Veteran Stories:
Chris Young


  • Chris Young at main entrance to United Nations Head Quarters in Jerusalem. March, 1978. Photo courtesy of Chris Young.

    Chris Young
  • Collection of badges, clockwise from top left: US Air Force patch Chris received when he worked with them in Thule Greenland; UNDOF Canadian Signal Squadron, Golan Heights; 74 Communication Group; 4 Canadian Mechanized Brigade Group. Courtesy of Chris Young.

    Chris Young
  • Chris Young on a 105 metre signal platform in Aldergrove, BC, preparing to climb the next 90 metres to the top. 1997. Photo courtesy of Chris Young.

    Chris Young
  • Currently the flag of Canadian Forces Joint Signal Regiment (CFJSR). Courtesy of Chris Young.

    Chris Young
  • Menu for the Canadian Logistic (CANLOG) Christmas dinner. Golan Heights, December 25, 1983. Courtesy of Chris Young.

    Chris Young
  • Collection of badges, clockwise from top left: Cold Lake, 4 Wing; Volksmarch Medal celebrating 20 yrs friendship between Lahr & Canada (1988); UN badge; 6B Lineman (Managers) Course; 1 Canadian Mechanized Brigade Group (CMBG). Courtesy of Chris Young

    Chris Young
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My name is Master Warrant Officer Chris Young. I'm Detachment Commander in Petawawa for Canadian Forces Joint Signal Regiment. My area of responsibility is Ontario, Quebec and Nunavut for all first, second and limited third line cable maintenance for the Canadian Forces and the Federal Government. I joined the Canadian Forces on the 24th of March 1976 in Little Current, Ontario. My mother is full Ojibway. My father is also full Ojibway, and they are from the Birch Island Reserve.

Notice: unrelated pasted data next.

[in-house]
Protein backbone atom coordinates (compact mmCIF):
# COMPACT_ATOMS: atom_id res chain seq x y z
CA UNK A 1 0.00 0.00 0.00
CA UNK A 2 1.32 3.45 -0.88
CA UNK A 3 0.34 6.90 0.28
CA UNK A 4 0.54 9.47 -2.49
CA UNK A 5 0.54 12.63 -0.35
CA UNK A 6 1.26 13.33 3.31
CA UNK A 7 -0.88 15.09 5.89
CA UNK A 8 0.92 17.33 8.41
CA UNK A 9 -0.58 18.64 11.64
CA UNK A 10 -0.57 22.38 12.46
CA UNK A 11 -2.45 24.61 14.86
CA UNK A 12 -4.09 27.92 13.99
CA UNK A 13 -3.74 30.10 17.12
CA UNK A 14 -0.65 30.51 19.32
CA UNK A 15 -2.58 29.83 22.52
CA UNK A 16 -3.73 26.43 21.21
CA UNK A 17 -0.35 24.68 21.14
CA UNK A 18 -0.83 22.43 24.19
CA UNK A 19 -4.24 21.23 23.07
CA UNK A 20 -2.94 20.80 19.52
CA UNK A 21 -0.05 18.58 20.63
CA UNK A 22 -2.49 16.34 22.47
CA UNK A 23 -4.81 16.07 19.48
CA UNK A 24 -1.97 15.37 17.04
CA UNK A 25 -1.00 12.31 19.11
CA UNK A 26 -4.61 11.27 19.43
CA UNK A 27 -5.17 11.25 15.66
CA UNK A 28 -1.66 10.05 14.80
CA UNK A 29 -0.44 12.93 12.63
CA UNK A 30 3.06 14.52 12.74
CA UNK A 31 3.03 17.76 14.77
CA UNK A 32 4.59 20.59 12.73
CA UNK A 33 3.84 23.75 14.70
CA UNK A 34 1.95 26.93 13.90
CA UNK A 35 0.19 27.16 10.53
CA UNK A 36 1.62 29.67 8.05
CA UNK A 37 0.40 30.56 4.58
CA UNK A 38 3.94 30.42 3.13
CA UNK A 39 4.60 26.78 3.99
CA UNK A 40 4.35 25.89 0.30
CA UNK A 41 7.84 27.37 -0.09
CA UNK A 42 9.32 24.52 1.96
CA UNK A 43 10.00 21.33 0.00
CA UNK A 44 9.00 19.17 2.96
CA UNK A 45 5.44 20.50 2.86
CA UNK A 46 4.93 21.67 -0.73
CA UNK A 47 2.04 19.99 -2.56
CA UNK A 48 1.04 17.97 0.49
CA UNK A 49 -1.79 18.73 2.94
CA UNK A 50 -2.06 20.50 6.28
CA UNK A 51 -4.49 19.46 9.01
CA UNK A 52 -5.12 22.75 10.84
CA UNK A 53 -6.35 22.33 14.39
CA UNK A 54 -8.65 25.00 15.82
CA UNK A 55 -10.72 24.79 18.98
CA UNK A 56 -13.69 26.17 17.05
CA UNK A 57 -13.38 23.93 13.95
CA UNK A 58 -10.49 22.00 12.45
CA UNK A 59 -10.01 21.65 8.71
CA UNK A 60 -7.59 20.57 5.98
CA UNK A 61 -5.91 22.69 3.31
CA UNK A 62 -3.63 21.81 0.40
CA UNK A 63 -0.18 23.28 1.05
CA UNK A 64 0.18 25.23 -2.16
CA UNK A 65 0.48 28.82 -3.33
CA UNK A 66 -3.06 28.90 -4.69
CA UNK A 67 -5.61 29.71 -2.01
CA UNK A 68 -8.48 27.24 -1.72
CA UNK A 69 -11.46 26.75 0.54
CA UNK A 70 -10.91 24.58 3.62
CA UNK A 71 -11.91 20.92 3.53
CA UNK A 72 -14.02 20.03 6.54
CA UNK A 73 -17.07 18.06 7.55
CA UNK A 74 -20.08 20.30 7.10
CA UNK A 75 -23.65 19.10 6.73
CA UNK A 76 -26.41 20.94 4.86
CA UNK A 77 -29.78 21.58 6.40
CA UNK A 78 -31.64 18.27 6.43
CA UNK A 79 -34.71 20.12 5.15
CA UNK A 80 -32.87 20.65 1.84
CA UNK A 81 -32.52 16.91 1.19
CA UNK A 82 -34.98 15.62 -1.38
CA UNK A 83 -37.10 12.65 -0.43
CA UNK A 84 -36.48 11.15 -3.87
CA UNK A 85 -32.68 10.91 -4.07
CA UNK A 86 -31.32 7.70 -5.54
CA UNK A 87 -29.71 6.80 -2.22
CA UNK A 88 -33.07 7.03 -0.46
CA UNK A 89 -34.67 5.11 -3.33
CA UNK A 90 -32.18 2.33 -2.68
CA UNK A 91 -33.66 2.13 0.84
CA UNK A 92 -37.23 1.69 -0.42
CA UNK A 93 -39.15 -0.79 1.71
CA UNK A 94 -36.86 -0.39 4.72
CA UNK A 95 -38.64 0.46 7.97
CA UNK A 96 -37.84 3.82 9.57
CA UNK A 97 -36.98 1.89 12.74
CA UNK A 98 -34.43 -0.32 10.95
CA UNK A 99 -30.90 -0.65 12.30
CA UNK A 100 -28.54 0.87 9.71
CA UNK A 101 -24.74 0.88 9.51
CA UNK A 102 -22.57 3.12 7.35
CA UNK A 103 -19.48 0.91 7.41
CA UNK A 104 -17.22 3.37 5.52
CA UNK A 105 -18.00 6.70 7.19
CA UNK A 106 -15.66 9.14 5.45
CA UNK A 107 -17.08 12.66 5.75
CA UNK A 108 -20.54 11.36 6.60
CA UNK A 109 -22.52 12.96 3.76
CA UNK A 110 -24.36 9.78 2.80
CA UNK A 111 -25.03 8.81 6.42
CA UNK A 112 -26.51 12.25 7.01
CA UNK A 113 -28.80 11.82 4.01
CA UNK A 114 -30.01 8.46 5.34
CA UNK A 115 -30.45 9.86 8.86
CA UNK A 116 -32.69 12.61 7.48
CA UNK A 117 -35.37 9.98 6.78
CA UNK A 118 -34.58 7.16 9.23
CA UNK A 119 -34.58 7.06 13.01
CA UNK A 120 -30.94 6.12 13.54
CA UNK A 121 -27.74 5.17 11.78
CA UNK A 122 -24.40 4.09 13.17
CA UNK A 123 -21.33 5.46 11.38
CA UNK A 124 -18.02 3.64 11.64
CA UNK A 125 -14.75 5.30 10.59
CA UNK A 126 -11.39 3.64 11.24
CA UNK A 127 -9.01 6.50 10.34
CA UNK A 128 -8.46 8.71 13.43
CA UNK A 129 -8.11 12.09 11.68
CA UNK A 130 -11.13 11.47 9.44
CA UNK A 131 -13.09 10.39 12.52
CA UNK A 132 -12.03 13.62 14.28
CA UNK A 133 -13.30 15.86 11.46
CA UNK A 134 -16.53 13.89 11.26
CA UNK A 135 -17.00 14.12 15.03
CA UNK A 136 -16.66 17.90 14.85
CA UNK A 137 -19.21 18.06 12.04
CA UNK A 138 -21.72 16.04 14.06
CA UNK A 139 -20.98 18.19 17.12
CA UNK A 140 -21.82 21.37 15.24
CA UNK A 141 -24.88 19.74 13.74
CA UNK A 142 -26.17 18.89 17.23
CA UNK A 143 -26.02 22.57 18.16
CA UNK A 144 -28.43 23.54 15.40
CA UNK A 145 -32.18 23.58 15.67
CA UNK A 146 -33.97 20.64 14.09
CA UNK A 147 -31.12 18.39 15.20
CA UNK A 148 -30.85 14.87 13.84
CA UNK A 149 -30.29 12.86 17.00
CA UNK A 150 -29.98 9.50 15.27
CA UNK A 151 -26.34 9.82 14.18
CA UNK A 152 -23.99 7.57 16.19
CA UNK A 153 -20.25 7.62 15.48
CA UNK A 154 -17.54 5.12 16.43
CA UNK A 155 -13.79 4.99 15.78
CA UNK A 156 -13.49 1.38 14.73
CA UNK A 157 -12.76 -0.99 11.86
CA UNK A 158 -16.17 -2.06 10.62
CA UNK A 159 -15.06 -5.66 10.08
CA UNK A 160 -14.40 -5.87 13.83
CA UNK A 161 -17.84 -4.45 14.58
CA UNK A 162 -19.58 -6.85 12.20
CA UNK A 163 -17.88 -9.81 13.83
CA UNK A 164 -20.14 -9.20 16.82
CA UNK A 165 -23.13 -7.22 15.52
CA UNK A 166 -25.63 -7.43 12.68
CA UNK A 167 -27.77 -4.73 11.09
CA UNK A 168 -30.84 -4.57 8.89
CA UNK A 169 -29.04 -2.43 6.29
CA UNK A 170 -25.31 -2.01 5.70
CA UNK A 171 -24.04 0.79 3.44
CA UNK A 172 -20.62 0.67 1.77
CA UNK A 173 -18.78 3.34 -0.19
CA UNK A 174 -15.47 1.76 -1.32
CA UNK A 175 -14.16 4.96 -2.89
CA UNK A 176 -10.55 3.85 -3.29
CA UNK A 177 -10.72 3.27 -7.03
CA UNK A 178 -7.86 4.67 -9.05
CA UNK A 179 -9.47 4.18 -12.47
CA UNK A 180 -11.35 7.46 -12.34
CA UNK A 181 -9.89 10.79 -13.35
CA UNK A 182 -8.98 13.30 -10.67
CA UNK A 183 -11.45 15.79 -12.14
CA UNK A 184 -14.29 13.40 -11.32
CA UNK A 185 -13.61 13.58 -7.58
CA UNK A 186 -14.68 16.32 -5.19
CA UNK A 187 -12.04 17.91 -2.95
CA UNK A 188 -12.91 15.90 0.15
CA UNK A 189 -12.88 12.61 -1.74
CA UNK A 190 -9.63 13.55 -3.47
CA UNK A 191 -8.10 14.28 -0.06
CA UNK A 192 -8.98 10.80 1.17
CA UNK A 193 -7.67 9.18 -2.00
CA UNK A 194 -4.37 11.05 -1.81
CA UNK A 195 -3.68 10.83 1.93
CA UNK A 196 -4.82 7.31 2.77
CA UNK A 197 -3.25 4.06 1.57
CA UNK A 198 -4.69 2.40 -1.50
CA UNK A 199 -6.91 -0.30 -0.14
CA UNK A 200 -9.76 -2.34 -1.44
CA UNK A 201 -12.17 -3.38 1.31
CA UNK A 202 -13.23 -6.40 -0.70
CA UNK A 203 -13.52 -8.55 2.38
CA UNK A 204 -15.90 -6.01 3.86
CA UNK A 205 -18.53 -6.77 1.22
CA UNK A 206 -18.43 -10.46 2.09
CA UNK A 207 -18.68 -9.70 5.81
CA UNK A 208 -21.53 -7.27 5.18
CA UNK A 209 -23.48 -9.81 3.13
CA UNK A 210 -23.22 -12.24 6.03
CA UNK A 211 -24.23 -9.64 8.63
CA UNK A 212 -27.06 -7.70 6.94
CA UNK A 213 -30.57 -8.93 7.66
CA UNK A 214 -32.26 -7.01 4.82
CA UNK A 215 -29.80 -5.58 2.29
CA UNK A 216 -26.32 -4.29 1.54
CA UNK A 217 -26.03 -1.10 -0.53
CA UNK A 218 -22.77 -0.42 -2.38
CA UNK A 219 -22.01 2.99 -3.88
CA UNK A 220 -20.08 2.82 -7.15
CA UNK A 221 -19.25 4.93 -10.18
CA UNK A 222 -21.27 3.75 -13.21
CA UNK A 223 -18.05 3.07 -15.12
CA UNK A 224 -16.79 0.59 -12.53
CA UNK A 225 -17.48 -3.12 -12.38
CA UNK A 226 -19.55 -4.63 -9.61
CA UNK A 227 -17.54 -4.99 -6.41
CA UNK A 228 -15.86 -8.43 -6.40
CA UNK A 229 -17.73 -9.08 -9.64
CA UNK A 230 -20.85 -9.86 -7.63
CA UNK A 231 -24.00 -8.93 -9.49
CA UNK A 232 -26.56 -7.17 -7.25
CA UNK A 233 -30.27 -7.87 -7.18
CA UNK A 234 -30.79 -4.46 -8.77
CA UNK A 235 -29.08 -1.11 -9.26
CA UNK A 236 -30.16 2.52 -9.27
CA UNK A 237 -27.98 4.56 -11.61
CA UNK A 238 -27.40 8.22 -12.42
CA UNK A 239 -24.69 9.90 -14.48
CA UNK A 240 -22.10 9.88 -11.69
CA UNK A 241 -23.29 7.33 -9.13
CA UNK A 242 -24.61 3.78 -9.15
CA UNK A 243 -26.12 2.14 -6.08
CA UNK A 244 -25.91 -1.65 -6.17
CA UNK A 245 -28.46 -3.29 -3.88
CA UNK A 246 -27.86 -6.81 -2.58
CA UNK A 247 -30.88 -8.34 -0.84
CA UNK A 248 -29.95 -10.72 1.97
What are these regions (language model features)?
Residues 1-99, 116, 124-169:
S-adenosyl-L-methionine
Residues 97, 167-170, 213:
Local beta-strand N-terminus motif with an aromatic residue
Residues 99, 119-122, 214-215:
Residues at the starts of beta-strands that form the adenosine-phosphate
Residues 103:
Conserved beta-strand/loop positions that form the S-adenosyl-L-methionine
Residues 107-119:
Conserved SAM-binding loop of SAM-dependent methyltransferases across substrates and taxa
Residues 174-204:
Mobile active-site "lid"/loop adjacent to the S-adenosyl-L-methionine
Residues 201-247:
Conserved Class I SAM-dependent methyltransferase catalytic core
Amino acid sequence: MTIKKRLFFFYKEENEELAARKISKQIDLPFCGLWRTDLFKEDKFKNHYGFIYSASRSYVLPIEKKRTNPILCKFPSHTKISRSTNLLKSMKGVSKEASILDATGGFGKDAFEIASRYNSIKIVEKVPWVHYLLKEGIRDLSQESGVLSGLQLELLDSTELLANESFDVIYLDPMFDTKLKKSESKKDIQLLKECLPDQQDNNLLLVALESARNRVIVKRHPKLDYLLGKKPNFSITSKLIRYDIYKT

Being involved with the Communications/Electronics Branch I'm a Lineman, which is responsible for telephone, cable and antennas for the Canadian Forces. Throughout my career I've enjoyed various facets. I've traveled many places. Did UN tours in Egypt, a year in Cyprus, a year in the Golan Heights, four months in Lebanon, a tour with 4 Brigade in Germany, and put in various secure systems in embassies and high commissions around the world.

In Cold Lake I got introduced to the employment equity organizations, and I was a representative for the Aboriginal side of it. Reference concerns during Maple Flag, which is a large exercise involving fourteen different nations and flying over some of the reserves in northern Alberta. I became very heavily involved with that and the problems associated with having that many Nations showing up for two months, and the havoc and the chaos that it causes on the reserves and the surrounding towns.

I'm posted to Petawawa and sit on the employment equity committee for the base commander, and representing Aboriginal concerns. Starting from ground zero here and starting to build a base for the membership. There are different problems here - being a hard army unity - with getting recognition and that type of thing, but it's an on-going battle. The problem isn't going to go away and neither am I, so I'm in it for the long haul.

I intend to do the full thirty-five years at this point in time. I have never felt like it's been a job, and I guess when it does start to become a job is the time that I will head out.

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